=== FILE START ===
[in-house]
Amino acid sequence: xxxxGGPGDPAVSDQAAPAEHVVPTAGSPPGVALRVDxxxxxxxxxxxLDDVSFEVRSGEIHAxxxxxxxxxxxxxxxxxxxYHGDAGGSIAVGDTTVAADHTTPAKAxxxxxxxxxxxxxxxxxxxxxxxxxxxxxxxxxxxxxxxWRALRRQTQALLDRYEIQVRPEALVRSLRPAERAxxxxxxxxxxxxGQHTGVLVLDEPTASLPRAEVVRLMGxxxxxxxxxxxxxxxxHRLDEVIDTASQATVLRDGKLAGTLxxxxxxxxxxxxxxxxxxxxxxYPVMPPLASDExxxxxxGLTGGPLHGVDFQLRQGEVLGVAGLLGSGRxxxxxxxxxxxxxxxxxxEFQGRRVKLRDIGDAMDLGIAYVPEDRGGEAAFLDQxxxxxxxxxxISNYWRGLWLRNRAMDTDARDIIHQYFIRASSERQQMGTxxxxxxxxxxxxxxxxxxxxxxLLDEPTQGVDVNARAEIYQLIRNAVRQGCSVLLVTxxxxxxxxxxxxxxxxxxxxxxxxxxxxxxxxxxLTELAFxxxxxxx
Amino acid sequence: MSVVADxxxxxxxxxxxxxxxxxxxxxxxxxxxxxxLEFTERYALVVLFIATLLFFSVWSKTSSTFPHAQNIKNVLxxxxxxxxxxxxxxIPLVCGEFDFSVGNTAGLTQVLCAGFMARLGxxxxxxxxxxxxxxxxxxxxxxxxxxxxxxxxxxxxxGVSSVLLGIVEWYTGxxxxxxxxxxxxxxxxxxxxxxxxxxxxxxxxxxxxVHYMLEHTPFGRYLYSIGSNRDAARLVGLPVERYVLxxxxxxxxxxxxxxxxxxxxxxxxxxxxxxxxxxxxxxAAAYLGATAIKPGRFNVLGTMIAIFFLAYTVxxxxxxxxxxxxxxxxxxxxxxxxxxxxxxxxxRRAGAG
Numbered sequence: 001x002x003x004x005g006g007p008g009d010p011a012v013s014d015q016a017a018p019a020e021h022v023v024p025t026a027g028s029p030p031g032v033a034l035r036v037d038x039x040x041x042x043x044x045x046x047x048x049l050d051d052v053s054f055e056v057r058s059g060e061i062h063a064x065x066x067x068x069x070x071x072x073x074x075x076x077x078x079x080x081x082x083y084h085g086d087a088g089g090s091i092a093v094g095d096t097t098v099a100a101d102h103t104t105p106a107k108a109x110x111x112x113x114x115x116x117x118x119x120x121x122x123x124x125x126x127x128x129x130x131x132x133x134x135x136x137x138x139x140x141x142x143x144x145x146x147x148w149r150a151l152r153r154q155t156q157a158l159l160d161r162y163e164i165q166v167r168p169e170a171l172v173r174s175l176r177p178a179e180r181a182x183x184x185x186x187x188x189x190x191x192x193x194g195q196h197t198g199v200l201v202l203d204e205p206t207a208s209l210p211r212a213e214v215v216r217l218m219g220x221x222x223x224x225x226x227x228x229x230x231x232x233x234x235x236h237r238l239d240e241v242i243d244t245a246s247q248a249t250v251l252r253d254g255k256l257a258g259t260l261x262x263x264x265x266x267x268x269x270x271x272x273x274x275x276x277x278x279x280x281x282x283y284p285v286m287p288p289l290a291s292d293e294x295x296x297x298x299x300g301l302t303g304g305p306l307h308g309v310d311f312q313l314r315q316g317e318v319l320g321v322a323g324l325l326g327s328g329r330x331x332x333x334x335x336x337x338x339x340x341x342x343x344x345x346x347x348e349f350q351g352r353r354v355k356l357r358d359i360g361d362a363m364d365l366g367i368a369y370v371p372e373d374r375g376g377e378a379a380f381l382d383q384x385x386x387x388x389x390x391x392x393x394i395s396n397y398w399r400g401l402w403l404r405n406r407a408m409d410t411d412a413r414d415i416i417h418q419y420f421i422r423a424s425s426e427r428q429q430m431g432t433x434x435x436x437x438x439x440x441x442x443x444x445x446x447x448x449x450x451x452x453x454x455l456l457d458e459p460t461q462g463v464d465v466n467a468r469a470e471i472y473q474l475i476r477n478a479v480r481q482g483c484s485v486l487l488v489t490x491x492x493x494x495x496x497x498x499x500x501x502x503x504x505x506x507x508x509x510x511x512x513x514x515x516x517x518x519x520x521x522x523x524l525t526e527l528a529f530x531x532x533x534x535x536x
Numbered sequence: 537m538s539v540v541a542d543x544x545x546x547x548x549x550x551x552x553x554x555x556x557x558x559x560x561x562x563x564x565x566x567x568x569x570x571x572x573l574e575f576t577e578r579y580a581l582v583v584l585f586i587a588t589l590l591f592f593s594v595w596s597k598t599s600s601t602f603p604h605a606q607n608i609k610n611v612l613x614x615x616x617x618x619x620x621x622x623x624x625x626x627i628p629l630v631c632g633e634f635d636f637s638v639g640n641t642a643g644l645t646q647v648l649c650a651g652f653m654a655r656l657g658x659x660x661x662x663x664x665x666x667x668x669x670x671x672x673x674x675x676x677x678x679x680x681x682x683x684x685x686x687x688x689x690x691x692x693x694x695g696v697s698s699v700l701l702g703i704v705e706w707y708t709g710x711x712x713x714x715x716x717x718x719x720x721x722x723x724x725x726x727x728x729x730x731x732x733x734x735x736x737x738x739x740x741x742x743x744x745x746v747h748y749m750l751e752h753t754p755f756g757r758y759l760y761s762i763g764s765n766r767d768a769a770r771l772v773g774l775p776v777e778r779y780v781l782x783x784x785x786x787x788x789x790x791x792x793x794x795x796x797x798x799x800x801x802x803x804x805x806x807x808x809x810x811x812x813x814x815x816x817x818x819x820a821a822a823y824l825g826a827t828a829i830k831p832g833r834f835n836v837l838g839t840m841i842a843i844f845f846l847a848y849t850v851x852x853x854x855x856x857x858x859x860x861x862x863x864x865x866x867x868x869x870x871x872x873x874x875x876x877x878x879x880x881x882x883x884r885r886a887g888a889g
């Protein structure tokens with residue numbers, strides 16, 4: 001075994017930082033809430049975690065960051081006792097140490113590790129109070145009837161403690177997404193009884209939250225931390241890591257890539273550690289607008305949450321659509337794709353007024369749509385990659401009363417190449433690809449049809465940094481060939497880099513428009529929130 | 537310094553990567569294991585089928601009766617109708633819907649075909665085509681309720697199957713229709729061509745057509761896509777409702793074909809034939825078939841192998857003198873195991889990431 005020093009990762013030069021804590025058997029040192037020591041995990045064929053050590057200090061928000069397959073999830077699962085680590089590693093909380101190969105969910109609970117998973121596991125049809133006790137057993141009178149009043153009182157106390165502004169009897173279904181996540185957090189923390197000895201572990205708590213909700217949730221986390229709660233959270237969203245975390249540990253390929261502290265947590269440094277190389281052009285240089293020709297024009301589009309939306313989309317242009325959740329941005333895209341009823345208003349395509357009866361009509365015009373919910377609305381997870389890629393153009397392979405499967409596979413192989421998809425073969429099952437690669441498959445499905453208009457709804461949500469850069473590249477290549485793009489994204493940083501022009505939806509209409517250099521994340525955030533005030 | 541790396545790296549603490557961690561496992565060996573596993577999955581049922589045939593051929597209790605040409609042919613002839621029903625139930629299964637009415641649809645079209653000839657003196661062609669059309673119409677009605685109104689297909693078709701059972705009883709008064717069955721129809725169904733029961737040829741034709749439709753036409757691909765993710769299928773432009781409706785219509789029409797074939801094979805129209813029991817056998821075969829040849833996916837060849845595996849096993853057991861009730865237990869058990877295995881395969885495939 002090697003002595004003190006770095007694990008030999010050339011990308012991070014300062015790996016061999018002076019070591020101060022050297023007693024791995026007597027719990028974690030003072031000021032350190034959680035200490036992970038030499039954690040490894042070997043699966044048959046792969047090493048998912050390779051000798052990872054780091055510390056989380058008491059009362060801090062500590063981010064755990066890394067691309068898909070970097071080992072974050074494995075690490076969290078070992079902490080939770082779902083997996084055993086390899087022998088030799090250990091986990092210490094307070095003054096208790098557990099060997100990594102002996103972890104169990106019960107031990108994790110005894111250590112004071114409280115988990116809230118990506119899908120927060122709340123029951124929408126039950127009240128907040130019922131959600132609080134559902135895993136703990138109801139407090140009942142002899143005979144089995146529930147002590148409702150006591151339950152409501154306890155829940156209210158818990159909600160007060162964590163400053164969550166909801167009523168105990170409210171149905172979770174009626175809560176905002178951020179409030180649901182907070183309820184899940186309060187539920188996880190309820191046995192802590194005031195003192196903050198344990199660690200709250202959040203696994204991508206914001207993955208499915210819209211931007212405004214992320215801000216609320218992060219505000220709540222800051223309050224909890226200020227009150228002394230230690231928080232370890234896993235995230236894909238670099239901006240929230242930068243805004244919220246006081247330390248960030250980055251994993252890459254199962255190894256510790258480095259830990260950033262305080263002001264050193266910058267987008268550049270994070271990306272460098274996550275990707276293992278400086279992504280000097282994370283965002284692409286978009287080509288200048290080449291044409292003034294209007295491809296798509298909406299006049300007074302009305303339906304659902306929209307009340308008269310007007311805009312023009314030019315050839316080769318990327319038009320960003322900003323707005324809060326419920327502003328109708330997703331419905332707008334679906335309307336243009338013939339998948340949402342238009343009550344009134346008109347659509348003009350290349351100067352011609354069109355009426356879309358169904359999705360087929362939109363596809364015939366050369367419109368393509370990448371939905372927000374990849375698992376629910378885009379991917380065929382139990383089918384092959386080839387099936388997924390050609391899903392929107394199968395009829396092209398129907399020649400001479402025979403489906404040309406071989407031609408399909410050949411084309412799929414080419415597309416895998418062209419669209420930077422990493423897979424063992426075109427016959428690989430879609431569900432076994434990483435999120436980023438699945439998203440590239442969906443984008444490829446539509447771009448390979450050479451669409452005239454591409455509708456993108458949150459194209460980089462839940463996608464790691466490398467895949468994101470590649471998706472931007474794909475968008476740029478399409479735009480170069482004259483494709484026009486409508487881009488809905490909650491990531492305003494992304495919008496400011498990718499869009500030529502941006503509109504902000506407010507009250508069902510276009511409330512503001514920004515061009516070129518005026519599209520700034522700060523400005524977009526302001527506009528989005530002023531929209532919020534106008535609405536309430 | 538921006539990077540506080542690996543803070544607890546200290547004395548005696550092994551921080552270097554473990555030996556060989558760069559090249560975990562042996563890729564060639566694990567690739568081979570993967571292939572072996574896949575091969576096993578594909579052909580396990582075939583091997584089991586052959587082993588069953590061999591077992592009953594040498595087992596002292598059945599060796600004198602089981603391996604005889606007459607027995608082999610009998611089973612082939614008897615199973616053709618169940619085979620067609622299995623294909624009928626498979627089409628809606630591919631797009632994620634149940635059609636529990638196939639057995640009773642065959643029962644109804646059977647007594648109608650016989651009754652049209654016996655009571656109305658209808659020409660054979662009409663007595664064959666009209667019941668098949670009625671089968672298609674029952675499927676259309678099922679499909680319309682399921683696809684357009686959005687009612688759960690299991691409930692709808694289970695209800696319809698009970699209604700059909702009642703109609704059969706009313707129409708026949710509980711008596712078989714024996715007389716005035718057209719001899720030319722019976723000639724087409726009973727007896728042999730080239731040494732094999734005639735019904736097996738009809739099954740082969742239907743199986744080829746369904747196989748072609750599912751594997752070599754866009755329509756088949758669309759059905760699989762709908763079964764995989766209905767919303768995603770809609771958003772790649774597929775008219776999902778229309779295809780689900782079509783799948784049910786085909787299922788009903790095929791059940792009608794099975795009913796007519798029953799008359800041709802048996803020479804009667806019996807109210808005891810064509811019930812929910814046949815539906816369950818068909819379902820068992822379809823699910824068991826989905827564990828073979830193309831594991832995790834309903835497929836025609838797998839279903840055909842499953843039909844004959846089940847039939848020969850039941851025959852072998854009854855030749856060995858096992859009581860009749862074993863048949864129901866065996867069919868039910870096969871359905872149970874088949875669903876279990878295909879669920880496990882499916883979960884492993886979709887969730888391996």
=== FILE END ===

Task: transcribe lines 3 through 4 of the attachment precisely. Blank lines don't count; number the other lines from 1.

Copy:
Amino acid sequence: MSVVADxxxxxxxxxxxxxxxxxxxxxxxxxxxxxxLEFTERYALVVLFIATLLFFSVWSKTSSTFPHAQNIKNVLxxxxxxxxxxxxxxIPLVCGEFDFSVGNTAGLTQVLCAGFMARLGxxxxxxxxxxxxxxxxxxxxxxxxxxxxxxxxxxxxxGVSSVLLGIVEWYTGxxxxxxxxxxxxxxxxxxxxxxxxxxxxxxxxxxxxVHYMLEHTPFGRYLYSIGSNRDAARLVGLPVERYVLxxxxxxxxxxxxxxxxxxxxxxxxxxxxxxxxxxxxxxAAAYLGATAIKPGRFNVLGTMIAIFFLAYTVxxxxxxxxxxxxxxxxxxxxxxxxxxxxxxxxxRRAGAG
Numbered sequence: 001x002x003x004x005g006g007p008g009d010p011a012v013s014d015q016a017a018p019a020e021h022v023v024p025t026a027g028s029p030p031g032v033a034l035r036v037d038x039x040x041x042x043x044x045x046x047x048x049l050d051d052v053s054f055e056v057r058s059g060e061i062h063a064x065x066x067x068x069x070x071x072x073x074x075x076x077x078x079x080x081x082x083y084h085g086d087a088g089g090s091i092a093v094g095d096t097t098v099a100a101d102h103t104t105p106a107k108a109x110x111x112x113x114x115x116x117x118x119x120x121x122x123x124x125x126x127x128x129x130x131x132x133x134x135x136x137x138x139x140x141x142x143x144x145x146x147x148w149r150a151l152r153r154q155t156q157a158l159l160d161r162y163e164i165q166v167r168p169e170a171l172v173r174s175l176r177p178a179e180r181a182x183x184x185x186x187x188x189x190x191x192x193x194g195q196h197t198g199v200l201v202l203d204e205p206t207a208s209l210p211r212a213e214v215v216r217l218m219g220x221x222x223x224x225x226x227x228x229x230x231x232x233x234x235x236h237r238l239d240e241v242i243d244t245a246s247q248a249t250v251l252r253d254g255k256l257a258g259t260l261x262x263x264x265x266x267x268x269x270x271x272x273x274x275x276x277x278x279x280x281x282x283y284p285v286m287p288p289l290a291s292d293e294x295x296x297x298x299x300g301l302t303g304g305p306l307h308g309v310d311f312q313l314r315q316g317e318v319l320g321v322a323g324l325l326g327s328g329r330x331x332x333x334x335x336x337x338x339x340x341x342x343x344x345x346x347x348e349f350q351g352r353r354v355k356l357r358d359i360g361d362a363m364d365l366g367i368a369y370v371p372e373d374r375g376g377e378a379a380f381l382d383q384x385x386x387x388x389x390x391x392x393x394i395s396n397y398w399r400g401l402w403l404r405n406r407a408m409d410t411d412a413r414d415i416i417h418q419y420f421i422r423a424s425s426e427r428q429q430m431g432t433x434x435x436x437x438x439x440x441x442x443x444x445x446x447x448x449x450x451x452x453x454x455l456l457d458e459p460t461q462g463v464d465v466n467a468r469a470e471i472y473q474l475i476r477n478a479v480r481q482g483c484s485v486l487l488v489t490x491x492x493x494x495x496x497x498x499x500x501x502x503x504x505x506x507x508x509x510x511x512x513x514x515x516x517x518x519x520x521x522x523x524l525t526e527l528a529f530x531x532x533x534x535x536x